We woke to a lovely sunny morning – the only trace of the rain was that the river was at the top of the green.
We cruised down to Evesham, watered up and then moored up.
James and Maisa went off for a walk round the town and to move James’s car. We had lunch and then also went off for a walk. I saw on the internet that there was a Saturday market but we only found one clothes stall! We continued to Abbey grounds.
Evesham Abbey was founded by Saint Egwin between 700 and 710 AD following an alleged vision of the Virgin Mary by a swineherd by the name of Eof. According to the monastic history, Evesham came through the Norman Conquest unusually well, because of a quick approach by Abbot Æthelwig to William the Conqueror. Only one section of walling survives from the actual abbey, although fragments of the chapter house, the bell tower and the gateway remain, which were added later: the chapter house in the 13th century and the bell tower in the 16th century. Simon de Montfort (1208–1265) is buried near the high altar of the ruined abbey, the spot marked by an altar-like memorial monument dedicated by the Archbishop of Canterbury in 1965. The abbey is of Benedictine origin, and became in its heyday one of the wealthiest in the country. During the Dissolution of the Monasteries, the abbey was demolished leaving only the bell tower surviving into the 21st century.
In the Abbey grounds are All Saints Church and its neighbour St Lawrence's Church which were built by the Benedictine monks of Evesham Abbey in the 12th century to serve the people of Evesham. All Saints is now the town's parish church, as St Lawrence's was declared redundant in the 1970s.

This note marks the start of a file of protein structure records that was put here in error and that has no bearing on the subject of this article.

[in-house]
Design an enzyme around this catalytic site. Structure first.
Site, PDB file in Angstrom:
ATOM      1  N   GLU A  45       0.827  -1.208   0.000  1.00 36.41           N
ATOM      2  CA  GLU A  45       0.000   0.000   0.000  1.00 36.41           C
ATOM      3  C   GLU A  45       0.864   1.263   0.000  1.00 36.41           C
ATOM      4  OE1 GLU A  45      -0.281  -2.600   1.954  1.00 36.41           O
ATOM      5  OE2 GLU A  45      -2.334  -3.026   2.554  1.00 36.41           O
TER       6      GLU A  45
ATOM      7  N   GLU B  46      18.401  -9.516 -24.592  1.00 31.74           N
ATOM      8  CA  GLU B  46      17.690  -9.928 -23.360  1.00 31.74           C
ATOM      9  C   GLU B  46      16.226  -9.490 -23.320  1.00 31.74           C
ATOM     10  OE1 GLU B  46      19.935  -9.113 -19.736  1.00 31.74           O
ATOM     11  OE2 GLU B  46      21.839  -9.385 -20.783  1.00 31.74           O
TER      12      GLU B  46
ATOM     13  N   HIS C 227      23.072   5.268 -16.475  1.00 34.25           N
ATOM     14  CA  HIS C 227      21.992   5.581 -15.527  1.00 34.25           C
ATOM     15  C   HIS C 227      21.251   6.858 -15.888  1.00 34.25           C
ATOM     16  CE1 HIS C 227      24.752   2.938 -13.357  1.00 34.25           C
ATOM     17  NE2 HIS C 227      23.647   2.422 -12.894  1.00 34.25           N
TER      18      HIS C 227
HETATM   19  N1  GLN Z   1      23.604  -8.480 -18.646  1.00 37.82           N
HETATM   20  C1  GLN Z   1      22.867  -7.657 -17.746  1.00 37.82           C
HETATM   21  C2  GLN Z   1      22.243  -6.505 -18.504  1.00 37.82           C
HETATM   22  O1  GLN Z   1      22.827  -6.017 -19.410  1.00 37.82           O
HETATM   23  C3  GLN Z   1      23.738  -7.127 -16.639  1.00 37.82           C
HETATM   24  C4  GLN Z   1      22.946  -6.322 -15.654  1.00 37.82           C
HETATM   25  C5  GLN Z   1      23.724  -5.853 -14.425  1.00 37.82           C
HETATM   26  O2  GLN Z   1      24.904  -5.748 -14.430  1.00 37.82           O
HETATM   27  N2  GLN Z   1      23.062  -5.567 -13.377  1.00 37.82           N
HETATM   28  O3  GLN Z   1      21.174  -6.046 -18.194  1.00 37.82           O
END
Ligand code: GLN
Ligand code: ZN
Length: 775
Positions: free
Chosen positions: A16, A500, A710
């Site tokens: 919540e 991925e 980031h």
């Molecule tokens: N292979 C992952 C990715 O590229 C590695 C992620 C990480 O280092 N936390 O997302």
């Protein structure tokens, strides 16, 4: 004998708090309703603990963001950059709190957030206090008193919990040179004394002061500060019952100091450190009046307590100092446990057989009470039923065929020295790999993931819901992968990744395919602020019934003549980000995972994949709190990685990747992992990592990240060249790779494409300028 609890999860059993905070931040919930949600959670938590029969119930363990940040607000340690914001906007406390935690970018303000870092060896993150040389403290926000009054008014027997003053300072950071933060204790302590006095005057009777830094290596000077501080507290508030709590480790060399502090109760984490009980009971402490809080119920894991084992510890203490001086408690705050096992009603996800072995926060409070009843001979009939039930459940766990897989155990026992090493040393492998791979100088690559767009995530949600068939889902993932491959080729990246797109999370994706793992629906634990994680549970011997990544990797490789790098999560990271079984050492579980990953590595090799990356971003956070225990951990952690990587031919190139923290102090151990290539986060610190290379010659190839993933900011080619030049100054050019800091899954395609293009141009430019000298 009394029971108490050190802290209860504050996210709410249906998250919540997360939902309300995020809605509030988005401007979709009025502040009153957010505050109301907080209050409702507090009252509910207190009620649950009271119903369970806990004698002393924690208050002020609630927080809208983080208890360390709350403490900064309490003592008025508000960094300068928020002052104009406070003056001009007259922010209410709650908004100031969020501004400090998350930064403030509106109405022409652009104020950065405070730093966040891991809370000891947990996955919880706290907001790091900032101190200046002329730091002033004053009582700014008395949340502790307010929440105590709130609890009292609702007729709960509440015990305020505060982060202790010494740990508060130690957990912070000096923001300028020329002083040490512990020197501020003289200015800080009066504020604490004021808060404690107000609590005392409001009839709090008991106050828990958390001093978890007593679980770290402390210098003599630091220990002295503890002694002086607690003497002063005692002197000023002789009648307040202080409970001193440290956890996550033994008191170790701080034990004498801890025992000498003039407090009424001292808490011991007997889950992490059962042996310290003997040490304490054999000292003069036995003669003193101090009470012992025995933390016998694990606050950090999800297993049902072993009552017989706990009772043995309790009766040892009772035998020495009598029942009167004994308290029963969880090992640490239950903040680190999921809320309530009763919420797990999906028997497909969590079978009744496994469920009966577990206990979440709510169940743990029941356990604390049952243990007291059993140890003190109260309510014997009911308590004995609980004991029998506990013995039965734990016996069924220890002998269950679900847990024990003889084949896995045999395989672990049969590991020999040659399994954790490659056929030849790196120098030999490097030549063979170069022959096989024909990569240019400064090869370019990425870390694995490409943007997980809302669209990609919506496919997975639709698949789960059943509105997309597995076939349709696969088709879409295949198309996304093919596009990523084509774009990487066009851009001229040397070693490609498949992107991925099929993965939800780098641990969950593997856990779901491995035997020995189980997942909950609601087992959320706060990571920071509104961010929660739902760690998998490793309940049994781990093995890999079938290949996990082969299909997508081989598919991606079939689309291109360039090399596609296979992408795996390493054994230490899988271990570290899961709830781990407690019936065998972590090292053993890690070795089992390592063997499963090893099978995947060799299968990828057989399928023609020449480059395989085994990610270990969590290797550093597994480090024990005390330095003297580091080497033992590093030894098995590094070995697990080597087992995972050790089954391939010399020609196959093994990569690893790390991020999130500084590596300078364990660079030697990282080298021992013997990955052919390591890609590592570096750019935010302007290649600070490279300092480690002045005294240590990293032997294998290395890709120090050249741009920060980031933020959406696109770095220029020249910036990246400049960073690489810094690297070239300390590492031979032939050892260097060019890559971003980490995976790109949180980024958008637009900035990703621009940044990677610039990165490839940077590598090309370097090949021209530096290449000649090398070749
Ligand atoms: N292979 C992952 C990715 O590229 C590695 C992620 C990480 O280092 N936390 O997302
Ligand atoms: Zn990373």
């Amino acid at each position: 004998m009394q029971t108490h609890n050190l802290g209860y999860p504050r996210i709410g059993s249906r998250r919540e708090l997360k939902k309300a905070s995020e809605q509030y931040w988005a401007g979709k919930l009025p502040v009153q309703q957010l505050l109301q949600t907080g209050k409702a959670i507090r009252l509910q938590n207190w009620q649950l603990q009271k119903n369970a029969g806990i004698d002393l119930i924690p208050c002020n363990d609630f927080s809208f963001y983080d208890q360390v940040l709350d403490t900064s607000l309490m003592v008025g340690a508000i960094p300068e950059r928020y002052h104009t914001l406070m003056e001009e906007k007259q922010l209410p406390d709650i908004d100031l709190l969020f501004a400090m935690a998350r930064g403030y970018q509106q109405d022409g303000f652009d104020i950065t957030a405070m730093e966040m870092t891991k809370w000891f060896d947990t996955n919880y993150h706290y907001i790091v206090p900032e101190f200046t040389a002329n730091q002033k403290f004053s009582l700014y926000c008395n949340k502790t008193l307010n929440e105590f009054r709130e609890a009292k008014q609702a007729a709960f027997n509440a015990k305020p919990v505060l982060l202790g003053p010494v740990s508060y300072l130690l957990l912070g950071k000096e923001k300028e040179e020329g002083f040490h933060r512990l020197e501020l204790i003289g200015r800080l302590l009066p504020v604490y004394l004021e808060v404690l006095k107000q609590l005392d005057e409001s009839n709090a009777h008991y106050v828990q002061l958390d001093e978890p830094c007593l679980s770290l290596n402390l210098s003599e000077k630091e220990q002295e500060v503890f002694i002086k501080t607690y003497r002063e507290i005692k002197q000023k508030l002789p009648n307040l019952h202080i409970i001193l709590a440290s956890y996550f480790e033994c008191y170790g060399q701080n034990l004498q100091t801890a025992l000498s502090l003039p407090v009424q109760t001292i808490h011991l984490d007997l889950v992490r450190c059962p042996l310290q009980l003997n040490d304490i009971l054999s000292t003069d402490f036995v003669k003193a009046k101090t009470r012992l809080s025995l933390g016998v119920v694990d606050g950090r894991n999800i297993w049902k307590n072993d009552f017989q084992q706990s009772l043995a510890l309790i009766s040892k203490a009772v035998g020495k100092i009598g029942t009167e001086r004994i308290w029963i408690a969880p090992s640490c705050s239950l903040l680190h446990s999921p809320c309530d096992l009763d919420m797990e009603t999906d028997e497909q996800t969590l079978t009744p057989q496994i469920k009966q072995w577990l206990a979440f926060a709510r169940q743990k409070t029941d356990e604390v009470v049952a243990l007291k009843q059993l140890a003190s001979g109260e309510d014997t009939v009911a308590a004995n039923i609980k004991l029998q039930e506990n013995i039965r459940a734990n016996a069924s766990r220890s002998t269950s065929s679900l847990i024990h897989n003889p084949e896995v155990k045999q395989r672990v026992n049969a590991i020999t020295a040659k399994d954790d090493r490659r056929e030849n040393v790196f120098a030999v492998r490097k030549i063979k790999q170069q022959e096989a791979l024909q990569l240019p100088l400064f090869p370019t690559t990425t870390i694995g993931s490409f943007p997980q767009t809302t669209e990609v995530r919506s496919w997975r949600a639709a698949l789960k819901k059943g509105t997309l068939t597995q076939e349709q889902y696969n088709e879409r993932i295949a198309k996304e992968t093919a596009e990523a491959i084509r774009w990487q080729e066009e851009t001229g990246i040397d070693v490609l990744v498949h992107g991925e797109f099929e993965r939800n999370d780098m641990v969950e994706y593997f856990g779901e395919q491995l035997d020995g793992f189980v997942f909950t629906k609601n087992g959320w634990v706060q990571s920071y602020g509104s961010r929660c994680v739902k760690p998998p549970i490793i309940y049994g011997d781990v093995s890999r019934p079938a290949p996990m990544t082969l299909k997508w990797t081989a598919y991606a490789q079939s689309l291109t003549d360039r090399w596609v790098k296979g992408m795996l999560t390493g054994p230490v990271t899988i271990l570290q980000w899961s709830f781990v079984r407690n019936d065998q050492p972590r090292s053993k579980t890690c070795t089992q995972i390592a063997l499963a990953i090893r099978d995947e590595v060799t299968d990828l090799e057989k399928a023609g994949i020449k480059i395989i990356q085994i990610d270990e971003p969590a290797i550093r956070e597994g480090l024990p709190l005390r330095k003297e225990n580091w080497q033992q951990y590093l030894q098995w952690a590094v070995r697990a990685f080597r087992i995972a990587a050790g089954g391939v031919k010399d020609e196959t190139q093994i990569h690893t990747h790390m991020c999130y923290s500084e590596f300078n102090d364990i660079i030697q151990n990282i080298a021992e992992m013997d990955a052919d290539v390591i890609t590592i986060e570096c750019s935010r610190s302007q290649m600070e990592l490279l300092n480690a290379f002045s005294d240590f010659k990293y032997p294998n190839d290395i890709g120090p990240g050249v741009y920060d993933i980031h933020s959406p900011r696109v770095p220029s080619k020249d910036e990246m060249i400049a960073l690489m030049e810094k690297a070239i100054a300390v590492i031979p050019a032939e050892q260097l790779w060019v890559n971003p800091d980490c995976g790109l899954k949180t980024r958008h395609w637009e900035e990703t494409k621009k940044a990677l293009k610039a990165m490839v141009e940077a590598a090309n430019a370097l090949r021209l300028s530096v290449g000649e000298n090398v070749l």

|All Saints Church|
|St. Lawrence Church|
In the Bell Tower there is a carillon which plays on the hour between 9am and 9pm. Check the website for more information – it’s very interesting. We were lucky enough to be there at 2pm to hear it.
From the Bell Tower we walked down to the river through the lovely gardens
To where I was able to take this photo of Mary H.
Once James and Maisa returned we set off to try and find somewhere to have a barbeque. It was pouring with rain but barbeque we would! The mooring at Chadbury Lock isn’t particularly brilliant so we went on hoping to get in at Craycombe Turn but it was full so we turned round and went back to Chadbury Lock. After cleaning the goose poo off the pontoon it wasn’t too bad. Richard lit the barbeque and when it was hot he moved it to under the pram cover (without sides) where he was able to cook in the dry.